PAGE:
Pennsylvania is reporting its first confirmed case of the more contagious COVID-19 strain discovered in England last month.
The case was in Dauphin County in south-central Pennsylvania. State health officials say the individual tested positive after traveling abroad, and that the person’s mild symptoms resolved while they quarantined at home.
During a virtual news conference on Thursday, Health Secretary Dr. Rachel Levine said the case was not surprising.
“We expect to see the variant. We expect to see some more cases of the variant in Pennsylvania and the United States,” she said.
The variant, known as B117, is detected through genetic analysis.
So far, the Centers for Disease Control and Prevention has found more than 50 positive cases of the coronavirus variant in states across the U.S., including California, Florida, Colorado, Georgia, and New York.
“There is no evidence at this time that it is the dominant strain in any part of the United States,” said Levine.
Health experts expect that all current lab tests will detect the variant as COVID-19 and that COVID-19 vaccines currently available will be effective against it.
Pa. pushes schools to reopen
Pennsylvania nudged school districts to reopen elementary schools Thursday by changing its official guidance.
Prior to Thursday, the Department of Education recommended that schools in counties with “substantial” COVID-19 transmission conduct all learning remotely.
They changed that guidance to say that schools in these counties could offer in-person instruction to elementary-aged students. All counties currently have “substantial” transmission, a state-established threshold that means they recorded at least 100 COVID-19 cases per 100,000 residents over the preceding week.
The change in guidance will take effect at the beginning of the next semester — or around Jan. 25 — according to acting Secretary of Education, Noe Ortega.
“Schools are going to be encouraged to allow for elementary school students to return back to campus,” Ortega said at a Thursday press briefing.
The guidance is not binding, and indeed many schools have been open for weeks or months despite substantial community transmission. But the state’s recommendations still carry weight and could influence some districts to reopen in the coming weeks.
The official recommendations say that schools can have elementary kids back so long as six feet of separation is maintained among students. The state says schools can achieve this by bringing students back for half the week or using extra buildings such as secondary schools.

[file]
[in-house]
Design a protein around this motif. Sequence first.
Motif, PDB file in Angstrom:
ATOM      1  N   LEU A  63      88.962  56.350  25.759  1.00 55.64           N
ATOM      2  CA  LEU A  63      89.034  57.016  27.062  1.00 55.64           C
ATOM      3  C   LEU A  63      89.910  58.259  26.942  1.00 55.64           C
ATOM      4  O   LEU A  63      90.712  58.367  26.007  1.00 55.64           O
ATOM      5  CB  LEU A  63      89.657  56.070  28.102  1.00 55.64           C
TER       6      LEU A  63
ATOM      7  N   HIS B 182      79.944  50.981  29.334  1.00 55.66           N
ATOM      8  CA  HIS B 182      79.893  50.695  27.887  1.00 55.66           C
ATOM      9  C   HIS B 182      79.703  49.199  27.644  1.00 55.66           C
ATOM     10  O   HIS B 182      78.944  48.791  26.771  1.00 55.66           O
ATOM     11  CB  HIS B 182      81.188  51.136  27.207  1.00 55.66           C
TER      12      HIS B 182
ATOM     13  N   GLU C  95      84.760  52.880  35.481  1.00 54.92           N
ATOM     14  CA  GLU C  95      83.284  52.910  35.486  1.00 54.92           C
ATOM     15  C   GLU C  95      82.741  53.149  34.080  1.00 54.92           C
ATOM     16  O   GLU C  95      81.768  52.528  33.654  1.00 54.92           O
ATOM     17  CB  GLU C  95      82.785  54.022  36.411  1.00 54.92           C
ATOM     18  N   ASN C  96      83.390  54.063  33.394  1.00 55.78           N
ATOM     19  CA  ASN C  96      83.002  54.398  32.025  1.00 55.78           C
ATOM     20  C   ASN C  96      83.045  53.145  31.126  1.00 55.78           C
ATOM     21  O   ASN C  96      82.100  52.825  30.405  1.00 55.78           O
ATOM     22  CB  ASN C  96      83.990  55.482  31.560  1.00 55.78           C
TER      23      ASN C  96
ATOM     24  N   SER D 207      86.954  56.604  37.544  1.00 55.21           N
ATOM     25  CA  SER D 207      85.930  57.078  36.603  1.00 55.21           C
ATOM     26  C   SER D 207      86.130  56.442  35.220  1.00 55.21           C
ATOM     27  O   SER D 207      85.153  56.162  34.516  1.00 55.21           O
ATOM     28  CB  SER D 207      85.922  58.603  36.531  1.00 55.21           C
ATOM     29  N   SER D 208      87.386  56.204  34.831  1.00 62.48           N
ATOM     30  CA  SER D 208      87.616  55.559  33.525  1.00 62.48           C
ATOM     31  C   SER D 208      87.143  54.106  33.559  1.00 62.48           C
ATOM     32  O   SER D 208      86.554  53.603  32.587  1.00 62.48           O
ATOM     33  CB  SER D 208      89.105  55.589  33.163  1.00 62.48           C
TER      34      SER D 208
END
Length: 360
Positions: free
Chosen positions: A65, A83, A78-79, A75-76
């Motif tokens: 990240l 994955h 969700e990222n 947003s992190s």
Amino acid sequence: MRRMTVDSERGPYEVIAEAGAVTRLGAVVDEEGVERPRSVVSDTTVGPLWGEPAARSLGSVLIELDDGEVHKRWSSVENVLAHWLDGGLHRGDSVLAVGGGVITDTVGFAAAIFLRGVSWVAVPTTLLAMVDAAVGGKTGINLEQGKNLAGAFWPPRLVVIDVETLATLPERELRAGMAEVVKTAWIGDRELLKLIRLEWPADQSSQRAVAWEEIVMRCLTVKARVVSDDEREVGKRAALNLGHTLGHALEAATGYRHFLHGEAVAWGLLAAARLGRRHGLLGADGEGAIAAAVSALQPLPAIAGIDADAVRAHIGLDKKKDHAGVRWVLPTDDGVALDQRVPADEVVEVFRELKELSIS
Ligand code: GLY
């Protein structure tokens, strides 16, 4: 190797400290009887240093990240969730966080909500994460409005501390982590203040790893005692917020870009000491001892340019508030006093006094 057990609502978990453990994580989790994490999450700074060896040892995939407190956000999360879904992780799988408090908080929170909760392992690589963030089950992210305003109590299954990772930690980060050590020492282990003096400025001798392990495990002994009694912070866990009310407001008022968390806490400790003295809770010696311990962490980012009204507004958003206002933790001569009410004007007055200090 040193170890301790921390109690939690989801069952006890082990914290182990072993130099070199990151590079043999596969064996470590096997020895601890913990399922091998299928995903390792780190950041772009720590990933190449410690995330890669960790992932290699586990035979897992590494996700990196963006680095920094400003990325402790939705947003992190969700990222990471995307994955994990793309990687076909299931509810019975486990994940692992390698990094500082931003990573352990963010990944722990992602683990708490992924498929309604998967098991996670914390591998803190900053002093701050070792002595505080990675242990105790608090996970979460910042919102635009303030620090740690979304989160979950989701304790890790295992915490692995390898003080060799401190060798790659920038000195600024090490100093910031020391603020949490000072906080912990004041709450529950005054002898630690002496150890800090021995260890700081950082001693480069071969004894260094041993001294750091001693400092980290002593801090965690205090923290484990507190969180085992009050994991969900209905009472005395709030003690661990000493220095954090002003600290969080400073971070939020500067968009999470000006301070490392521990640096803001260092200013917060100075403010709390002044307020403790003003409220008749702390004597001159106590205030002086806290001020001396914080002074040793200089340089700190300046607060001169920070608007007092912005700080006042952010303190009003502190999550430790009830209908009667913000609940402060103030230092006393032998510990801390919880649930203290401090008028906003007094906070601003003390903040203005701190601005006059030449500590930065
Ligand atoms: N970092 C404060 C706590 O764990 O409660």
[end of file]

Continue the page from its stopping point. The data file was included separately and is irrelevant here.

The state also recommends that schools “consider” offering in-person instruction to “targeted” groups such as students learning English and students with disabilities.
State officials defended this change in guidance by referencing new research on the risks of COVID-19 and the harm inflicted on the youngest online learners.
“The research on offering in-person instruction during COVID-19 continues to emerge,” Secretary of Health Dr. Rachel Levine said. “While it is impossible to eliminate the risk of disease transmission entirely within a school setting where community spread is present, recent studies have shown that when mitigation efforts, such as universal masking, physical distancing, and hand hygiene are followed, it may be safer for younger children, particularly elementary grade students, to return to in-person instruction.”
New research does suggest that reopening schools in areas with moderate or low COVID transmission seems not to increase community spread. And there’s evidence that elementary-age students are less likely to transmit the virus.
That said, the research is far cloudier when it comes to opening schools in areas with significant COVID transmission.
Montco officials hoping for more vaccine doses
Nearly 900 people on Wednesday received doses of the Moderna vaccine at Montgomery County’s new mass vaccination site — the first day it was open.
The county hopes to vaccinate at least 800 people each day the clinic is open. Dr. Valerie Arkoosh, chair of the county commissioners, said Thursday the county would quickly run through its allotment of the vaccinate if it goes much beyond that total.
“And we do not have certainty about how much vaccine we are going to receive from week to week,” said Arkoosh during a virtual news conference. “We don’t want to give people appointments and then have to call them up and tell them we don’t have vaccine for them.”
For now, the vaccination site, located at Montgomery County Community College, is only serving health care workers employed in the county. The group includes 20,000 people.
The county hopes to start vaccinating essential employees, including police and firefighters, by the end of January.
“It’s all going to depend on when we get a higher volume of vaccine,” said Arkoosh. “It’s a little bit squishy in terms of these numbers, which is extremely frustrating and makes it very hard to plan.”
To date, the county has received a total of 7,000 doses of the coronavirus vaccine — less than one percent of its total population. The county expects to receive about 3,000 doses a week, said Arkoosh.
The mass vaccination site opened as Montgomery County is potentially facing a second holiday-related surge in positive COVID-19 cases.
The most recent 14-day positivity rate stood at roughly 10%. Anything under 5% is considered suppression of the virus.
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